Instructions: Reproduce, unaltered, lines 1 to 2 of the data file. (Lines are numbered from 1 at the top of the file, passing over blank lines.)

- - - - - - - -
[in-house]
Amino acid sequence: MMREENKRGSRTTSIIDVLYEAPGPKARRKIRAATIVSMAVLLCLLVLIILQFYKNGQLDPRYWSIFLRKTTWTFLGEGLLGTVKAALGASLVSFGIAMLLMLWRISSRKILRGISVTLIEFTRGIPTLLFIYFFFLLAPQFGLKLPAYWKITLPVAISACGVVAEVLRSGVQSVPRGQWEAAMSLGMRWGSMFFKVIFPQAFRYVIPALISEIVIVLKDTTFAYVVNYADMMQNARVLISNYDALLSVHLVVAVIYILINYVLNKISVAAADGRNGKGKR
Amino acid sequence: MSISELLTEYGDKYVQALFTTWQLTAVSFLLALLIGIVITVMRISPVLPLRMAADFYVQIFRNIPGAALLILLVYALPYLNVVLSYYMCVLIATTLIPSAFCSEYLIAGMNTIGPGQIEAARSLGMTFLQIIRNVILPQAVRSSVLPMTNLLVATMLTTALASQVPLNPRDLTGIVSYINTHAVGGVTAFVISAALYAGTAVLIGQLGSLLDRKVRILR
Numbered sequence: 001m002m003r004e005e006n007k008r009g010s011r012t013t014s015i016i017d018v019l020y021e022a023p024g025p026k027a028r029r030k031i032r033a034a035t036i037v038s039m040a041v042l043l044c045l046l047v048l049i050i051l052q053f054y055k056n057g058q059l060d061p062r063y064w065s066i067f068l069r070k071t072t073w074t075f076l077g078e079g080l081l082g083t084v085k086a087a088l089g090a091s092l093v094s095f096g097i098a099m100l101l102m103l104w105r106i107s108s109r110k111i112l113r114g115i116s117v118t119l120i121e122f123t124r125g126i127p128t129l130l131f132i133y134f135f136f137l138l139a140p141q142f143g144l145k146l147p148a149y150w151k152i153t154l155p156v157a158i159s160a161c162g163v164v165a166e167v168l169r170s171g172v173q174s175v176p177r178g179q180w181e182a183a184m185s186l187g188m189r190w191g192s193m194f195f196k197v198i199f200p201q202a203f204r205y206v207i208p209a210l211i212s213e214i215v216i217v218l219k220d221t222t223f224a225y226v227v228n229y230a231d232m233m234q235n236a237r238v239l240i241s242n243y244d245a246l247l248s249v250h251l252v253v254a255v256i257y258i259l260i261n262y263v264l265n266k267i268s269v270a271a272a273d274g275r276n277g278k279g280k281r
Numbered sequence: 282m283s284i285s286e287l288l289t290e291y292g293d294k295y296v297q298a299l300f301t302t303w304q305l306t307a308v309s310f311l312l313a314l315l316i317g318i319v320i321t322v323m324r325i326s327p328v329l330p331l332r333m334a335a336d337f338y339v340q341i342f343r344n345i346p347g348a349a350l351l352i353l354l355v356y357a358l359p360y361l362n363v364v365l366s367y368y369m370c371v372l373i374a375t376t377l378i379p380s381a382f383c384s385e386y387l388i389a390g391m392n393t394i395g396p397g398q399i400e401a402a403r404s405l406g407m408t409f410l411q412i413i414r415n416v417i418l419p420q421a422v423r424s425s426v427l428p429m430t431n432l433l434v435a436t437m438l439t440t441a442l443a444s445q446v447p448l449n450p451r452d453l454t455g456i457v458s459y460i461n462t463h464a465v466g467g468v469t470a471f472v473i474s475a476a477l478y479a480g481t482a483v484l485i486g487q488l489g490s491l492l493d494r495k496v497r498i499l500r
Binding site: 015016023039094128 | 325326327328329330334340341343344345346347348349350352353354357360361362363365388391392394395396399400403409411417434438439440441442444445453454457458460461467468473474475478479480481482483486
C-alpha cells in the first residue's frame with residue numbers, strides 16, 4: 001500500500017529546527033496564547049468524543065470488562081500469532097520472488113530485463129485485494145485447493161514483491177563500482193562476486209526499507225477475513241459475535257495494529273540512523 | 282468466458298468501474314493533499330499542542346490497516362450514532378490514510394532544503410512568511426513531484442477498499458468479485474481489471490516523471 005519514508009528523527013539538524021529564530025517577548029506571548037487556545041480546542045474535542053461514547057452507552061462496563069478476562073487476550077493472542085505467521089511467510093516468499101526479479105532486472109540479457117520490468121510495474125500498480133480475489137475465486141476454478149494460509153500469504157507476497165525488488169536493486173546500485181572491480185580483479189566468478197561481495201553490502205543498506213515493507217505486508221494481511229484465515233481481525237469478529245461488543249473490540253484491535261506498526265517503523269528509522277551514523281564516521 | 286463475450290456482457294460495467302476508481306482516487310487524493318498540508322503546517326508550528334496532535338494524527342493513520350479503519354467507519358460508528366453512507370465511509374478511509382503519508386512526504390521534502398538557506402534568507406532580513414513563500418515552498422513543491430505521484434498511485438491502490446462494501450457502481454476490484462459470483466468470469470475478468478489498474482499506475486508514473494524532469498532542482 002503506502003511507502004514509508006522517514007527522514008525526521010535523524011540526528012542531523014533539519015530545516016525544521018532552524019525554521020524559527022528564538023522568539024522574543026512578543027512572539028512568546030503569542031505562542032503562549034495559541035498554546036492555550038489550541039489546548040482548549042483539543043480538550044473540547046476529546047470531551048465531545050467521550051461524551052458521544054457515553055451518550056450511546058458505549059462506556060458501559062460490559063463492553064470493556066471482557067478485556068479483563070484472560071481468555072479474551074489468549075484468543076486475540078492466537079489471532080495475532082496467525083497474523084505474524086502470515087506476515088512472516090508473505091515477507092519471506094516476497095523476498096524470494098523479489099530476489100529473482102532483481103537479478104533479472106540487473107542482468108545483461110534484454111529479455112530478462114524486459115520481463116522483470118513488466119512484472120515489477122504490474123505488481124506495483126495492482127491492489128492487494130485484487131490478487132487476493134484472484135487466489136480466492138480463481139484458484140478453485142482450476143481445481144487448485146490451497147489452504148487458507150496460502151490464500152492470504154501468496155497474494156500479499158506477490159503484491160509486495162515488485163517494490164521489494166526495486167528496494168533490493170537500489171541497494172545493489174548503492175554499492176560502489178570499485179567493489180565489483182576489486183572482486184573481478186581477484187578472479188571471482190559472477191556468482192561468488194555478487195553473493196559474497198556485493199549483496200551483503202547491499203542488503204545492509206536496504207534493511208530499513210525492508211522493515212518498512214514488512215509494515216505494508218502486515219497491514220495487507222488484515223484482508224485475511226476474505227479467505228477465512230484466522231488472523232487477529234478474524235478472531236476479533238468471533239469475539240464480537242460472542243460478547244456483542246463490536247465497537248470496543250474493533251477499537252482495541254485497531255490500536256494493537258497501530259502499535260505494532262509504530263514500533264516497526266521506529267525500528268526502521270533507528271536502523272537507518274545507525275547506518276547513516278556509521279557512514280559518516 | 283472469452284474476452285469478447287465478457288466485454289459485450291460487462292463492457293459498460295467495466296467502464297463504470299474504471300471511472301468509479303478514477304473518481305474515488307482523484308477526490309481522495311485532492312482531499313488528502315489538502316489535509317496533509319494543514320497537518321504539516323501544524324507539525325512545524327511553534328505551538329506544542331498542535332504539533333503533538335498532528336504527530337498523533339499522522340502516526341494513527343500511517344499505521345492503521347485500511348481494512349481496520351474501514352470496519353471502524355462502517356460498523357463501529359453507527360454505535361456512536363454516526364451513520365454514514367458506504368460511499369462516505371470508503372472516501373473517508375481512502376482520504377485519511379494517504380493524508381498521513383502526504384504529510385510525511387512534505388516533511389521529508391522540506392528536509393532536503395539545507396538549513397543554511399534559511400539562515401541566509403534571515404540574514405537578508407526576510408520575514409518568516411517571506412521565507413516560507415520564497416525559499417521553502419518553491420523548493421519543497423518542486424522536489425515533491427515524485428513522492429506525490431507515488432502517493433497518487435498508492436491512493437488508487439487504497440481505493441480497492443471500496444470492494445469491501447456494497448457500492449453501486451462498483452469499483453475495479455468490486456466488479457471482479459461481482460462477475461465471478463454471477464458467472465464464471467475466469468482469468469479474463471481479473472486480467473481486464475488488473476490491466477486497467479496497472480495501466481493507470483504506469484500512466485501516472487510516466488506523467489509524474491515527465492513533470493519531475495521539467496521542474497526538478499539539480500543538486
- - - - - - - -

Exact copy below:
[in-house]
Amino acid sequence: MMREENKRGSRTTSIIDVLYEAPGPKARRKIRAATIVSMAVLLCLLVLIILQFYKNGQLDPRYWSIFLRKTTWTFLGEGLLGTVKAALGASLVSFGIAMLLMLWRISSRKILRGISVTLIEFTRGIPTLLFIYFFFLLAPQFGLKLPAYWKITLPVAISACGVVAEVLRSGVQSVPRGQWEAAMSLGMRWGSMFFKVIFPQAFRYVIPALISEIVIVLKDTTFAYVVNYADMMQNARVLISNYDALLSVHLVVAVIYILINYVLNKISVAAADGRNGKGKR